(photo credit: RASHI FOUNDATION)
A major bug in the operating system of Oxford’s electronic dictionary was squashed after Nathan Bletel, a 15-year-old 10th grade student, found the security breach. The bug could have allowed cheating in the matriculation exam in English.
Bletel got his technological savvy from Magshmim, a national cyber education program operated by the Rashi Foundation’s Cyber Education Center.
Using those skills, Bletel noticed that his pocket dictionary’s update file was non-encrypted, meaning he could change words and links, and upload anything he wanted into the dictionary’s system.
“I knew that this security breach will enable students to upload summaries and cheat on the matriculation exams,” Bletel said in a press release. “It could also harm Oxford financially.”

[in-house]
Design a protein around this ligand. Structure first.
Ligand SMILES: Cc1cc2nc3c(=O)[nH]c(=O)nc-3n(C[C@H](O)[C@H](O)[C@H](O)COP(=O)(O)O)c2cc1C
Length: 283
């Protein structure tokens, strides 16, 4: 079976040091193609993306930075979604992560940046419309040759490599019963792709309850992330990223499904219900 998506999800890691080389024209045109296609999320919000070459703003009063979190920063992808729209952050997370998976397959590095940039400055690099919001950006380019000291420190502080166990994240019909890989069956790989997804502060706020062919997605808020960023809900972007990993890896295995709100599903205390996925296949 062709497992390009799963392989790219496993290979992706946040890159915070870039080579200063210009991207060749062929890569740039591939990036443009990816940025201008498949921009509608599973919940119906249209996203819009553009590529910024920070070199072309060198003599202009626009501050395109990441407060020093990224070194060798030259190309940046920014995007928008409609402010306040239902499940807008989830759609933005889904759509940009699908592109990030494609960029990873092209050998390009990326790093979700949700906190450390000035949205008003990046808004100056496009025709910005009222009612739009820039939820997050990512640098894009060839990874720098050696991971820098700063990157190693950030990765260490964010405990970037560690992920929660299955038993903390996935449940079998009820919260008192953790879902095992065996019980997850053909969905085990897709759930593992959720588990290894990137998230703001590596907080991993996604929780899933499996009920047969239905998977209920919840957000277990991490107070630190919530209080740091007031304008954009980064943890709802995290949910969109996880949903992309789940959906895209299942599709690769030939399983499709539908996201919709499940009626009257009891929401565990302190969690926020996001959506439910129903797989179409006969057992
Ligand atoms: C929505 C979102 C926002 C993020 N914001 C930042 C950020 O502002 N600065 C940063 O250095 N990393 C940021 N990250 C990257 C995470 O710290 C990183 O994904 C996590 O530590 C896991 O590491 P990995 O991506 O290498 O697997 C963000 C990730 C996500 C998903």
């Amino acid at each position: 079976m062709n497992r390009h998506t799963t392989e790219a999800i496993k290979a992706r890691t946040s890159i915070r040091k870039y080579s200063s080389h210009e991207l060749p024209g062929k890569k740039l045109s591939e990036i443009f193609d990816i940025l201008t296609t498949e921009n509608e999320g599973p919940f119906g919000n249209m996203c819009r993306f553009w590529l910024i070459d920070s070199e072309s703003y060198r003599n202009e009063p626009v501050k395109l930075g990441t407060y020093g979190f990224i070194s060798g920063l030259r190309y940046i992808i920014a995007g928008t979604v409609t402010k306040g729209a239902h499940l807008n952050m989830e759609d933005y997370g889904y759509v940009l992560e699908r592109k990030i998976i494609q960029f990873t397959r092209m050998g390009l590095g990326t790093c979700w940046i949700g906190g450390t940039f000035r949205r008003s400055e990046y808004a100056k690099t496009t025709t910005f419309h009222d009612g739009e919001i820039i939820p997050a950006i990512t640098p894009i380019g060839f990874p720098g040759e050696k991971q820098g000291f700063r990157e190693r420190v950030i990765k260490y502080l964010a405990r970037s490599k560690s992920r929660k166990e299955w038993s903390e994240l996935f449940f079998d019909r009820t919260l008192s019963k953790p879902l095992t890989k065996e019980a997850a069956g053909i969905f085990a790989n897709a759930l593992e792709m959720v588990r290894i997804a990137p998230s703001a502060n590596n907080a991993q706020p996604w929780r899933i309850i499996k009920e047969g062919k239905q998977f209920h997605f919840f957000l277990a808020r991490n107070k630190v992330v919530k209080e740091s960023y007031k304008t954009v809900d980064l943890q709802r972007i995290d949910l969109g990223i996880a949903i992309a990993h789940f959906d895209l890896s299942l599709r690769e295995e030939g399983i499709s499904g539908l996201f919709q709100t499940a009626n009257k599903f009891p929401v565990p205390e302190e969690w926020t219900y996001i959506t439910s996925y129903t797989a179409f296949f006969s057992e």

So he contacted the company, and they quickly developed a new version of the program which incorporated some of Bletel’s suggestions. When he went back to check, he discovered that it now couldn’t be used to cheat.
Bletel was invited to meet the CEO and senior programmer of Oxford as well, and received NIS 1,000 as a reward.
Sagi Bar, the director of the Rashi Foundation’s Cyber Education Center, was very proud of Bletel.
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“We are very proud of Nathan, who demonstrates technological excellence as well as cyber ethics, two basic values that Maghimim instills in its students,” Bar said.
For Bletel, it was simply exciting to apply what he had learned on an ethical matter.
“In the program there is a lot of emphasis on ethical issues and on our obligation to use the technological tools it gives us for good causes,” Blethel said. “It’s great to see how our knowledge is applied in the real world – I can’t wait for the next opportunity.”
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